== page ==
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Non-skid corian shower pan

geoffhazel's picture

Our customer wanted hard surface walls in the shower (we are using LG) and wanted the shower pan made of the same material. No problem, said the LG shop. The customer expected the shower pan floor would be "etched" to have something of a non-skid surface, and I thought we confirmed that with the shop -- but when the pan was delivered today, the floor is smooth. I didn't notice it until the installers had left. We called the shop and they said "no, we always make them that way, never had an issue."

Questions:
Is is possible or advisable to "etch" the floor to be more non-slip? either with chemicals, or an 80 grit wheel?

I can see a benefit to doing that, but not sure how much nonslip it will even be then. And the drawbacks: might not look all that good, and also provides place to trap dirt and bacteria.

When the supplier comes next week to install the walls, they are going to bring a scrap that's been sanded a bit for the customer to look at; I'd like to have some "been there done that" advice from this forum to add to the discussion.

(post #179077, reply #1 of 3)

The sanded or etched bits will discolor quickly and easily. If it is very slippery put several of the adhesive pads or strips down. I wouldn't touch the surface.

(post #179077, reply #2 of 3)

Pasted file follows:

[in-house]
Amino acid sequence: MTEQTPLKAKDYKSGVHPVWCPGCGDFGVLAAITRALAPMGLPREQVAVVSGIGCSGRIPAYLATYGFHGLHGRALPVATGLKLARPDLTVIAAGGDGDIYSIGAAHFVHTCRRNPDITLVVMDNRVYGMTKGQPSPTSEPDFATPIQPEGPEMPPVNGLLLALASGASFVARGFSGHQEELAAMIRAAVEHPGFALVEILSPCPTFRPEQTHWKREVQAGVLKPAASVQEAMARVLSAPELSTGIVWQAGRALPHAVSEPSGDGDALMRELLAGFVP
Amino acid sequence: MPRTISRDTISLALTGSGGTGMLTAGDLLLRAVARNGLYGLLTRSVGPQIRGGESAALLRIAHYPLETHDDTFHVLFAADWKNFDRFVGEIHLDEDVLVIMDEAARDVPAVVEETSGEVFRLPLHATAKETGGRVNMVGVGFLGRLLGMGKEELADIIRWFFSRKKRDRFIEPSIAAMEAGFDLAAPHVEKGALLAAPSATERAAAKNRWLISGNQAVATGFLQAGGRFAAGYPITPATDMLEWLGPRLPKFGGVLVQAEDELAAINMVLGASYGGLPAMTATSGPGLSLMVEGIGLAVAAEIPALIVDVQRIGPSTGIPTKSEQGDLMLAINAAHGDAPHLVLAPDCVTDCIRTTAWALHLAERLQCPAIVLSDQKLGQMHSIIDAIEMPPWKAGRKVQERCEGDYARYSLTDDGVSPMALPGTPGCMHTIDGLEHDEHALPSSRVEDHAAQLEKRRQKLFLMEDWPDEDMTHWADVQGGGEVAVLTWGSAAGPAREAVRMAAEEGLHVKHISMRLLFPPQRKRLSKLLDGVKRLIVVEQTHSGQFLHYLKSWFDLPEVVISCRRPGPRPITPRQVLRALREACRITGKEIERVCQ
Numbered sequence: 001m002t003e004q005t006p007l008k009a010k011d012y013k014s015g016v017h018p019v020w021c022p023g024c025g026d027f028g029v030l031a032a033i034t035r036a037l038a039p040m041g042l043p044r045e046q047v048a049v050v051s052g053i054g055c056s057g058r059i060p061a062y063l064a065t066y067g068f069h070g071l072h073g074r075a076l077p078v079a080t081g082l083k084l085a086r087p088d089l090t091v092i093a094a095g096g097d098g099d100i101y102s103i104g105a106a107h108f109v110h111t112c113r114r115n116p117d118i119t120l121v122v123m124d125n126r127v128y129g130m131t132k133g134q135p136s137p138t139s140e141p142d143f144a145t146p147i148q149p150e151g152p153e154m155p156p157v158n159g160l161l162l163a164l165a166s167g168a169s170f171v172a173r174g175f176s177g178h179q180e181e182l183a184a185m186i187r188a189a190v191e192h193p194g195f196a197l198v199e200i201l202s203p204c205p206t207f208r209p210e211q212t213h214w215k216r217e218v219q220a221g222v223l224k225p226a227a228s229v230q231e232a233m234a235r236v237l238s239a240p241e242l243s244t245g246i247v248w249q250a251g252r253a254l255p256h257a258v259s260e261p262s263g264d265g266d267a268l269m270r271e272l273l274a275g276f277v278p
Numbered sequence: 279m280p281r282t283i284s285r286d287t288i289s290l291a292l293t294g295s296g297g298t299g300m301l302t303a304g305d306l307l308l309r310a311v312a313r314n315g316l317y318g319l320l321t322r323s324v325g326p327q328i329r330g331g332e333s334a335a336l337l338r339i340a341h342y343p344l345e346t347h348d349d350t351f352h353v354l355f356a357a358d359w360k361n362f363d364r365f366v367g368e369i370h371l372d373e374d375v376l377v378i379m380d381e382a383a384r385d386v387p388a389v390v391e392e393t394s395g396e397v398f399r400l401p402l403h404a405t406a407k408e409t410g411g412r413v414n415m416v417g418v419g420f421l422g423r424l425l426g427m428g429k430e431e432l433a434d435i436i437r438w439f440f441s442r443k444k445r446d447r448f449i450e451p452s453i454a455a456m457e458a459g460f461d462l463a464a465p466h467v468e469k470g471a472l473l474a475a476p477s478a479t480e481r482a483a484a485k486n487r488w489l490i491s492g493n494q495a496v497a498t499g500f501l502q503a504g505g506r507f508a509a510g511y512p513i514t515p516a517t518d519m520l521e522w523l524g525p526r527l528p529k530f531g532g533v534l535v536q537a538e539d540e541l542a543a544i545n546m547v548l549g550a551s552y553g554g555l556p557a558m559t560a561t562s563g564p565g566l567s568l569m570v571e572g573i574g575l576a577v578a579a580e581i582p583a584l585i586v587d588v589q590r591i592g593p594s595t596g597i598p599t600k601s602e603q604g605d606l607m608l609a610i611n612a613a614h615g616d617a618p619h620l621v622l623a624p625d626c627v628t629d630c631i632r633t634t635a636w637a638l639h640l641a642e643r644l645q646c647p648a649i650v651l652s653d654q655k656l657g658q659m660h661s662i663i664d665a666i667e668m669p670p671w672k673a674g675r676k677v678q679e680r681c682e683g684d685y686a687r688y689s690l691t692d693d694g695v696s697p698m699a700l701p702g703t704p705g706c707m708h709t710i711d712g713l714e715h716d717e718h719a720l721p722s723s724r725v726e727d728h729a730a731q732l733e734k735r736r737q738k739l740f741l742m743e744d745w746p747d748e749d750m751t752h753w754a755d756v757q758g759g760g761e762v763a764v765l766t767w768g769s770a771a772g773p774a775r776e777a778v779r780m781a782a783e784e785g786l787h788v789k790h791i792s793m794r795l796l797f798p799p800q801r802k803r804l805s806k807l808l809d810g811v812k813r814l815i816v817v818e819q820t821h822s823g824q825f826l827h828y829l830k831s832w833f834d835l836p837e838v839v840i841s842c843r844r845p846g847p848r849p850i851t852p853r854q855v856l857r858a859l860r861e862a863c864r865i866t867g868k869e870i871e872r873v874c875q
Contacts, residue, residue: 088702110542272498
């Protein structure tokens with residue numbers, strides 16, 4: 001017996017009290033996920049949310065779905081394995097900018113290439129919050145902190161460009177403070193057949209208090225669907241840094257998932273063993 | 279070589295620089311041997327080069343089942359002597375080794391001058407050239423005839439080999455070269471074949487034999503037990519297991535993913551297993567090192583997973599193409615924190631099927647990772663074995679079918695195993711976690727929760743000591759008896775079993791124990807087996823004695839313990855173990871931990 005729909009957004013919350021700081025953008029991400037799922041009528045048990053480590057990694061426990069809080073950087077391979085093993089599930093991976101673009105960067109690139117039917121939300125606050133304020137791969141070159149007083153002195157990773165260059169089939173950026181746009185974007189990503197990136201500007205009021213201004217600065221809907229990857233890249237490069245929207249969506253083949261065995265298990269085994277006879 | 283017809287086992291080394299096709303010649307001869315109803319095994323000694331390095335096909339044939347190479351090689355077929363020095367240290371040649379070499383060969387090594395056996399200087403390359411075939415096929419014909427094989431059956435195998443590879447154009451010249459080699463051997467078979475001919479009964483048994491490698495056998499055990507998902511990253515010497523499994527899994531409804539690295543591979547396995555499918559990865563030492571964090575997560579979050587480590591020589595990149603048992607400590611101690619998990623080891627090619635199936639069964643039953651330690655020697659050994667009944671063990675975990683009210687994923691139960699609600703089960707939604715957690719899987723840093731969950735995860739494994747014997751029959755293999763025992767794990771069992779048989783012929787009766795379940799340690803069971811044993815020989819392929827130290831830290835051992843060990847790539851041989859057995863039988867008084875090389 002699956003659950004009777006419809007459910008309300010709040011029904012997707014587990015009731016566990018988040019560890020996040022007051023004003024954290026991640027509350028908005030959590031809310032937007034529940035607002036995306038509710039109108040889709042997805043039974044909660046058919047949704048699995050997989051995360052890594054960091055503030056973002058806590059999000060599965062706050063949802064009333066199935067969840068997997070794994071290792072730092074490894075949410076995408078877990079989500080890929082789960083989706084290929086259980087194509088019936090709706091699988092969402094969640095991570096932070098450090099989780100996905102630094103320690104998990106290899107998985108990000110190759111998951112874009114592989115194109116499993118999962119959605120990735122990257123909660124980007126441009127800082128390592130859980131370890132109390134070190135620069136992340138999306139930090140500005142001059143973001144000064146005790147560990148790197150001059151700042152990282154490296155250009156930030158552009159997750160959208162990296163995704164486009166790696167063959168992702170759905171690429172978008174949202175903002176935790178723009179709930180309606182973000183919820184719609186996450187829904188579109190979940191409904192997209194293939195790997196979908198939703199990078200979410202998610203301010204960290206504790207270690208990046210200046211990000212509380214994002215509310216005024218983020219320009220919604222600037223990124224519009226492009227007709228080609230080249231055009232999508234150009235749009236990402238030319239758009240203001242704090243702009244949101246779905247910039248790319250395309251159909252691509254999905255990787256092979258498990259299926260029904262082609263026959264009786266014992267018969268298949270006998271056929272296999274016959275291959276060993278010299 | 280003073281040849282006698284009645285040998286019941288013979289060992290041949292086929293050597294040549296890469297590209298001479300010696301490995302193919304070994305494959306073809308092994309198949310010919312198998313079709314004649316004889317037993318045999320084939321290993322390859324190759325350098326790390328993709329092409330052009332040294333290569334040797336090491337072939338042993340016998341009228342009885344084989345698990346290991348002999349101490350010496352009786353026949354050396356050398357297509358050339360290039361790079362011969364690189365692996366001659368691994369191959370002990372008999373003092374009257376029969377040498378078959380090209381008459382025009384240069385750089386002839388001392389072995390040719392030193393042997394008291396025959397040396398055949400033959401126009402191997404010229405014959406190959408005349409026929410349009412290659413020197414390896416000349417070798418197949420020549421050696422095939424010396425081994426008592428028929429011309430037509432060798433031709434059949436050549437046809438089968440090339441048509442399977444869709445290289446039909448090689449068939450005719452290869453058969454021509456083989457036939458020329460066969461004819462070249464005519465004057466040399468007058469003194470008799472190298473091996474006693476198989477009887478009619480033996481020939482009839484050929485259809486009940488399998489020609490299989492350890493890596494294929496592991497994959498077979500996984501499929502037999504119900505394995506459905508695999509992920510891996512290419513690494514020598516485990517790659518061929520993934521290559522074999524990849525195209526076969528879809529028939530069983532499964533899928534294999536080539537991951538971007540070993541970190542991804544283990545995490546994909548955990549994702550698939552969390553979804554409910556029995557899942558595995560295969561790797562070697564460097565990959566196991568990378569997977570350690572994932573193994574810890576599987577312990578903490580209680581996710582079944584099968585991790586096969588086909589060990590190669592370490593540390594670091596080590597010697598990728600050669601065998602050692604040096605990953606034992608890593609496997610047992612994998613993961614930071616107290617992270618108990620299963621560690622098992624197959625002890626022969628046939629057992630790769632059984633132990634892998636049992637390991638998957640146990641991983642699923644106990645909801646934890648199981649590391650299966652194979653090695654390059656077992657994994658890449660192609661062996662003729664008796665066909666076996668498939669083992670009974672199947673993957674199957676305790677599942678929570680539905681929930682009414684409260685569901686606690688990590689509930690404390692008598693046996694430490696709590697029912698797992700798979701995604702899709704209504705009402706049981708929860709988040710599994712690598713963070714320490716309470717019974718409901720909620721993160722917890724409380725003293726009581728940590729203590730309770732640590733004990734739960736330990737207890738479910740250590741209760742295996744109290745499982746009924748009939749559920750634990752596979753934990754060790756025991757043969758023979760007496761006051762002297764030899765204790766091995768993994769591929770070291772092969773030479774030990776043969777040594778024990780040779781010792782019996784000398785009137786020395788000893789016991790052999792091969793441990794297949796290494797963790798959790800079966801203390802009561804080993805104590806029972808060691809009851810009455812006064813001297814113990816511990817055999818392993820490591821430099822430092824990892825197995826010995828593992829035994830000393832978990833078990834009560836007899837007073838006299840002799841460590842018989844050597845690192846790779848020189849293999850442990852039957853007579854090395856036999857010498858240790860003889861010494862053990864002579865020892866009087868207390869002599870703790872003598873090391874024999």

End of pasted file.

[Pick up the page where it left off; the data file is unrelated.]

Have not "been there and done that".


Unfamiliar with LG - this is the home of DuPont, so Corian tends to rule.....


Have Corian counter tops and they seem a bit slippery when wet to use as a shower pan but perhaps not any more than other plastic surfaces.


What about cutting a very shallow "traction" pattern into the pan with a router?


Like a 1/8" cove bit? Or a V-grooving bit? My router cuts in Corian tend to be "smooth enough" for the bottom of a groove without further polishing.


Still would produce a dirt trap, but less than a randomly roughened surface.


I would tend to let the customers "try it out" in it's smooth state before making any permanent modifications to the pan.


One of those wonderfully attractive RubberMaid mats with the suction cups on the back will provide a temporary fix if it is too slippery.


Jim


Never underestimate the value of a sharp pencil or good light.
Never underestimate the value of a sharp pencil or good light.

(post #179077, reply #3 of 3)

Safety bar(s) on the wall.